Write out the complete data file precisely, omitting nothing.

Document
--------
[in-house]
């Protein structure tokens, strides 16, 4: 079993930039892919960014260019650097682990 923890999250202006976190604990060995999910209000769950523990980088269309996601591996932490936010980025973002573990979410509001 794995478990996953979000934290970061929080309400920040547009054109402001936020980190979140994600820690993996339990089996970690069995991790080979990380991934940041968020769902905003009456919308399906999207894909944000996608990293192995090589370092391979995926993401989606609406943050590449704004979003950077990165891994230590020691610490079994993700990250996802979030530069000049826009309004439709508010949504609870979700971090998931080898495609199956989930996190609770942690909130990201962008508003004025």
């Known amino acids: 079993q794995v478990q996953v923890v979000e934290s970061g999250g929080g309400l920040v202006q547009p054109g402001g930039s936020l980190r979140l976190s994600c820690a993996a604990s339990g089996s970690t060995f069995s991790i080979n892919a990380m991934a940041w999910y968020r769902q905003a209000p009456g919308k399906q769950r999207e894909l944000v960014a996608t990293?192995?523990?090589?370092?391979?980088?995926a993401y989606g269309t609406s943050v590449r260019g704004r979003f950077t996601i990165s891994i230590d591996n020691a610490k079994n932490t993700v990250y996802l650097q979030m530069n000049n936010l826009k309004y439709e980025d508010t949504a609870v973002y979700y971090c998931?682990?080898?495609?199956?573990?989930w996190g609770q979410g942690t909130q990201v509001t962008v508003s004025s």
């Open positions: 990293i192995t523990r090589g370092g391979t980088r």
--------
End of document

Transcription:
[in-house]
């Protein structure tokens, strides 16, 4: 079993930039892919960014260019650097682990 923890999250202006976190604990060995999910209000769950523990980088269309996601591996932490936010980025973002573990979410509001 794995478990996953979000934290970061929080309400920040547009054109402001936020980190979140994600820690993996339990089996970690069995991790080979990380991934940041968020769902905003009456919308399906999207894909944000996608990293192995090589370092391979995926993401989606609406943050590449704004979003950077990165891994230590020691610490079994993700990250996802979030530069000049826009309004439709508010949504609870979700971090998931080898495609199956989930996190609770942690909130990201962008508003004025």
């Known amino acids: 079993q794995v478990q996953v923890v979000e934290s970061g999250g929080g309400l920040v202006q547009p054109g402001g930039s936020l980190r979140l976190s994600c820690a993996a604990s339990g089996s970690t060995f069995s991790i080979n892919a990380m991934a940041w999910y968020r769902q905003a209000p009456g919308k399906q769950r999207e894909l944000v960014a996608t990293?192995?523990?090589?370092?391979?980088?995926a993401y989606g269309t609406s943050v590449r260019g704004r979003f950077t996601i990165s891994i230590d591996n020691a610490k079994n932490t993700v990250y996802l650097q979030m530069n000049n936010l826009k309004y439709e980025d508010t949504a609870v973002y979700y971090c998931?682990?080898?495609?199956?573990?989930w996190g609770q979410g942690t909130q990201v509001t962008v508003s004025s």
């Open positions: 990293i192995t523990r090589g370092g391979t980088r």